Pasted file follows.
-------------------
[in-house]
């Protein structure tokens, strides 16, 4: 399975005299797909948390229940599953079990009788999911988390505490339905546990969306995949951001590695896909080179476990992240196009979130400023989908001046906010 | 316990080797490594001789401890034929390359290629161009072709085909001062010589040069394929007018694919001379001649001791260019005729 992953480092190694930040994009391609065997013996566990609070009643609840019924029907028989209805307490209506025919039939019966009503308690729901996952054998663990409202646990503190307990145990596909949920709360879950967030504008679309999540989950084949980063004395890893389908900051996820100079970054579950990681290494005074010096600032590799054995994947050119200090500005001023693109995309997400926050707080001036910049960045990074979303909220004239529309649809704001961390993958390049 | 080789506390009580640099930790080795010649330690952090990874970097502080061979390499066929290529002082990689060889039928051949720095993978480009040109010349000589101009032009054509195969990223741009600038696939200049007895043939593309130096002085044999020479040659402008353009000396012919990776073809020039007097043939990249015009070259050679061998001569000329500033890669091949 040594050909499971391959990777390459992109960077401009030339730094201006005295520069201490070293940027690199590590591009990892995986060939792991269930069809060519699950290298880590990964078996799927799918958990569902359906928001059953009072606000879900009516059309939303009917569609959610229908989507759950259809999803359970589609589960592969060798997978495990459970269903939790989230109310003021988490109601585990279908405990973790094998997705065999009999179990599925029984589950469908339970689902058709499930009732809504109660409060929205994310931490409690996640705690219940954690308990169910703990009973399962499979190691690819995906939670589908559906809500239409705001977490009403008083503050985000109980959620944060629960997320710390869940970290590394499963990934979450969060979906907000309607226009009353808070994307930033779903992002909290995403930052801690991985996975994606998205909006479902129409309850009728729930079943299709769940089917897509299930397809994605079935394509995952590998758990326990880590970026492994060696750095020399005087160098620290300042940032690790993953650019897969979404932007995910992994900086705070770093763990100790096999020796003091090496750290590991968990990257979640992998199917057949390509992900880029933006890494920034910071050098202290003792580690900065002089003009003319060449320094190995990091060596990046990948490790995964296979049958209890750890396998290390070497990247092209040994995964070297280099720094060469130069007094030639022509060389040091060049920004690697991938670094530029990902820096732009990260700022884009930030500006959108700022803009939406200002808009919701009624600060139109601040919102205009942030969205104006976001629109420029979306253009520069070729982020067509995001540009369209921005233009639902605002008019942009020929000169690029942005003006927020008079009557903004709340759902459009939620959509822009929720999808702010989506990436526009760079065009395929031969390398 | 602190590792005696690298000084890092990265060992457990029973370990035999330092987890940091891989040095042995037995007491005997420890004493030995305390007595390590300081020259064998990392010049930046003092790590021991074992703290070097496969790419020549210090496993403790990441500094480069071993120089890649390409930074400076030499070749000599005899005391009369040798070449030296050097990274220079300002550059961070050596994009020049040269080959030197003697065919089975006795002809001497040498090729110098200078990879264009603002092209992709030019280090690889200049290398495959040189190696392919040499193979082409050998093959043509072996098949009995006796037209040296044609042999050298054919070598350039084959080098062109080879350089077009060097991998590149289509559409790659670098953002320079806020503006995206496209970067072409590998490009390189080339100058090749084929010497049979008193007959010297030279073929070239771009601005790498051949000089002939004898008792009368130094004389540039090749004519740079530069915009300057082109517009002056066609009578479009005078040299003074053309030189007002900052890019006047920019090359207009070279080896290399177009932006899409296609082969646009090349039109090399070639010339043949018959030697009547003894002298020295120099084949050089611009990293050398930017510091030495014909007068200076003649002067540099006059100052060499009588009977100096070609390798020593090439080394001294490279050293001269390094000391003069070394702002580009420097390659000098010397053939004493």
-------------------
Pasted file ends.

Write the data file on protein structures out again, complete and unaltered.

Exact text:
[in-house]
């Protein structure tokens, strides 16, 4: 399975005299797909948390229940599953079990009788999911988390505490339905546990969306995949951001590695896909080179476990992240196009979130400023989908001046906010 | 316990080797490594001789401890034929390359290629161009072709085909001062010589040069394929007018694919001379001649001791260019005729 992953480092190694930040994009391609065997013996566990609070009643609840019924029907028989209805307490209506025919039939019966009503308690729901996952054998663990409202646990503190307990145990596909949920709360879950967030504008679309999540989950084949980063004395890893389908900051996820100079970054579950990681290494005074010096600032590799054995994947050119200090500005001023693109995309997400926050707080001036910049960045990074979303909220004239529309649809704001961390993958390049 | 080789506390009580640099930790080795010649330690952090990874970097502080061979390499066929290529002082990689060889039928051949720095993978480009040109010349000589101009032009054509195969990223741009600038696939200049007895043939593309130096002085044999020479040659402008353009000396012919990776073809020039007097043939990249015009070259050679061998001569000329500033890669091949 040594050909499971391959990777390459992109960077401009030339730094201006005295520069201490070293940027690199590590591009990892995986060939792991269930069809060519699950290298880590990964078996799927799918958990569902359906928001059953009072606000879900009516059309939303009917569609959610229908989507759950259809999803359970589609589960592969060798997978495990459970269903939790989230109310003021988490109601585990279908405990973790094998997705065999009999179990599925029984589950469908339970689902058709499930009732809504109660409060929205994310931490409690996640705690219940954690308990169910703990009973399962499979190691690819995906939670589908559906809500239409705001977490009403008083503050985000109980959620944060629960997320710390869940970290590394499963990934979450969060979906907000309607226009009353808070994307930033779903992002909290995403930052801690991985996975994606998205909006479902129409309850009728729930079943299709769940089917897509299930397809994605079935394509995952590998758990326990880590970026492994060696750095020399005087160098620290300042940032690790993953650019897969979404932007995910992994900086705070770093763990100790096999020796003091090496750290590991968990990257979640992998199917057949390509992900880029933006890494920034910071050098202290003792580690900065002089003009003319060449320094190995990091060596990046990948490790995964296979049958209890750890396998290390070497990247092209040994995964070297280099720094060469130069007094030639022509060389040091060049920004690697991938670094530029990902820096732009990260700022884009930030500006959108700022803009939406200002808009919701009624600060139109601040919102205009942030969205104006976001629109420029979306253009520069070729982020067509995001540009369209921005233009639902605002008019942009020929000169690029942005003006927020008079009557903004709340759902459009939620959509822009929720999808702010989506990436526009760079065009395929031969390398 | 602190590792005696690298000084890092990265060992457990029973370990035999330092987890940091891989040095042995037995007491005997420890004493030995305390007595390590300081020259064998990392010049930046003092790590021991074992703290070097496969790419020549210090496993403790990441500094480069071993120089890649390409930074400076030499070749000599005899005391009369040798070449030296050097990274220079300002550059961070050596994009020049040269080959030197003697065919089975006795002809001497040498090729110098200078990879264009603002092209992709030019280090690889200049290398495959040189190696392919040499193979082409050998093959043509072996098949009995006796037209040296044609042999050298054919070598350039084959080098062109080879350089077009060097991998590149289509559409790659670098953002320079806020503006995206496209970067072409590998490009390189080339100058090749084929010497049979008193007959010297030279073929070239771009601005790498051949000089002939004898008792009368130094004389540039090749004519740079530069915009300057082109517009002056066609009578479009005078040299003074053309030189007002900052890019006047920019090359207009070279080896290399177009932006899409296609082969646009090349039109090399070639010339043949018959030697009547003894002298020295120099084949050089611009990293050398930017510091030495014909007068200076003649002067540099006059100052060499009588009977100096070609390798020593090439080394001294490279050293001269390094000391003069070394702002580009420097390659000098010397053939004493």